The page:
Certainly the word ‘grace’ is used to indicate the favor and blessing of God as in 1 Corinthians 1:3, “Grace to you and peace from God our Father and the Lord Jesus Christ.” But grace is also a faith-based covenant contrasted with a law-based covenant. For example, under law, sins were merely covered in spite of thousands of ritualistic killings of sheep, goats, bulls, and other animals whose blood couldn’t remove sins. Another important truth of law-based living is that when the people of God were obedient, they were blessed. But when they were disobedient, they were cursed as in Joshua 24:19-27 and elsewhere throughout the old covenant.
But Joshua said to the people, “You cannot serve the Lord, for He is a holy God. He is a jealous God; He will not forgive your transgressions nor your sins. If you forsake the Lord and serve foreign gods, then He will turn and do you harm and consume you, after He has done you good.” And the people said to Joshua, “No, but we will serve the Lord!” So Joshua said to the people, “You are witnesses against yourselves that you have chosen the Lord for yourselves, to serve Him.” And they said, “We are witnesses!” “Now therefore,” he said, “put away the foreign gods which are among you, and incline your heart to the Lord God of Israel.” And the people said to Joshua, “The Lord our God we will serve, and His voice we will obey!” So Joshua made a covenant with the people that day, and made for them a statute and an ordinance in Shechem. Then Joshua wrote these words in the Book of the Law of God. And he took a large stone, and set it up there under the oak that was by the sanctuary of the Lord. And Joshua said to all the people, “Behold, this stone shall be a witness to us, for it has heard all the words of the Lord which He spoke to us. It shall therefore be a witness to you, lest you deny your God.”
When Christ came, bringing truth and grace as well as grace for grace, “And the Word became flesh and dwelt among us, and we beheld His glory, the glory as of the only begotten of the Father, full of grace and truth. John bore witness of Him and cried out, saying, ‘This was He of whom I said, ‘He who comes after me is preferred before me, for He was before me.’’ And of His fullness we have all received, and grace for grace. For the law was given through Moses, but grace and truth came through Jesus Christ” (John 1:14-17). He lived under the law as manifested in the old covenant and the gospels, a portion of which are law-based. He became the final sacrifice for sin, and after He ascended, a covenant of grace was instituted. Now Christians no longer need to seek continuous forgiveness, because in Christ "we have forgiveness of sins" with no conditions attached.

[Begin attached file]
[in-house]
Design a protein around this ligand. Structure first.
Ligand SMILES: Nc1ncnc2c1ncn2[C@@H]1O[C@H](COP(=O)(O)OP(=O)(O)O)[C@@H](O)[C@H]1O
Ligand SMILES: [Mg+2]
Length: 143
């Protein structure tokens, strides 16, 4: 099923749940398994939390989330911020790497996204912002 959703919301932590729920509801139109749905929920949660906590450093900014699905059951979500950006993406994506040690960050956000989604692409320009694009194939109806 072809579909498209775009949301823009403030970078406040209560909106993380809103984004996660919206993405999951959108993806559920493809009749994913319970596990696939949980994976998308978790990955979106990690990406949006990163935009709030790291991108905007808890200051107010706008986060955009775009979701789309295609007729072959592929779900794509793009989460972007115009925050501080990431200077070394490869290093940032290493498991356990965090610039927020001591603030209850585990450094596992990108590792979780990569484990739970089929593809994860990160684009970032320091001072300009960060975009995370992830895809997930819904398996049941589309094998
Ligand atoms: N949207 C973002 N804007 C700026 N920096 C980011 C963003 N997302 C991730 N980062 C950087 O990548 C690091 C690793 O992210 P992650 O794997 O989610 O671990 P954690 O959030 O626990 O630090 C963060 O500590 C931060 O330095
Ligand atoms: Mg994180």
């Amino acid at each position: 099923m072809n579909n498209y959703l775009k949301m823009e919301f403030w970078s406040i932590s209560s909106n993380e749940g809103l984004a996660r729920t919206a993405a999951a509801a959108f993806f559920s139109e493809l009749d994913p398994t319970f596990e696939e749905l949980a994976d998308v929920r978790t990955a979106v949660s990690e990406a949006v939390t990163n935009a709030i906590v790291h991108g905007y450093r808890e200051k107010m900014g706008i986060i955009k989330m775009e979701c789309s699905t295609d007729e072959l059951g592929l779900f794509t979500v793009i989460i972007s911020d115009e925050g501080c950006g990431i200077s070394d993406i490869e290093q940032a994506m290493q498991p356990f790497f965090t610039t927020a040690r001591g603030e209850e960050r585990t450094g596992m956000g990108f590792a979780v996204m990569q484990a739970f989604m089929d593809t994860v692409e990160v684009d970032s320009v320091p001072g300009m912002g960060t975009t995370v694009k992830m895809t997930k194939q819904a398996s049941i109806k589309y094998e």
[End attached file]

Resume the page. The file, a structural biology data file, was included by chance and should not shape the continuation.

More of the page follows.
Ephesians 1:7 declares, “In Him we have redemption through His blood, the forgiveness of sins, according to the riches of His grace.” This is echoed in Colossians 1:14, “…in whom we have redemption through His blood, the forgiveness of sins.”
Conditional forgiveness is a thing of the past. For example, if you don’t forgive, neither will your Father in heaven forgive you. “Should you not also have had compassion on your fellow servant, just as I had pity on you?’ And his master was angry, and delivered him to the torturers until he should pay all that was due to him. So My heavenly Father also will do to you if each of you, from his heart, does not forgive his brother his trespasses.” (Matt. 18:33-35). The Lord’s Prayer also addresses the topic of conditional forgiveness.
Finally, grace-based living changes how we think about ourselves because it changes God’s opinion of us. After the finished work of Christ, he calls us "the righteous"; whereas, he calls unbelievers the “unrighteous” followed by a list of nasty names, “Do you not know that the unrighteous will not inherit the kingdom of God? Do not be deceived. Neither fornicators, nor idolaters, nor adulterers, nor homosexuals, nor sodomites, nor thieves, nor covetous, nor drunkards, nor revilers, nor extortioners will inherit the kingdom of God. And such were some of you. But you were washed, but you were sanctified, but you were justified in the name of the Lord Jesus and by the Spirit of our God” (1 Cor. 6:9-11). Thus our identity is changed because it is no longer based on what we do as it is for those under law, but it is based on who we are "in Christ".
The unbeliever is a liar if he lies, a thief if he steals, a fornicator if he fornicates, and a sinner if he sins. The believer is called holy, accepted, without blemish, pure, perfect in Christ. We are not sinlessly perfect, but under grace we have been given the gift of perfection. "For if by the one man’s offense death reigned through the one, much more those who receive abundance of grace and of the gift of righteousness will reign in life through the One, Jesus Christ” (Rom. 5:17). This perfection is the righteousness of God Himself. Of course, in order to fully understand this concept, you need to think of yourself as being trichotomous: body, soul, and spirit. The dichotomous man, or the one who believes himself to be just body and soul as the ancients did, cannot even begin to fathom what this means!
My prayer is that God will reveal to you the truth of who you are, the truth of all that grace is.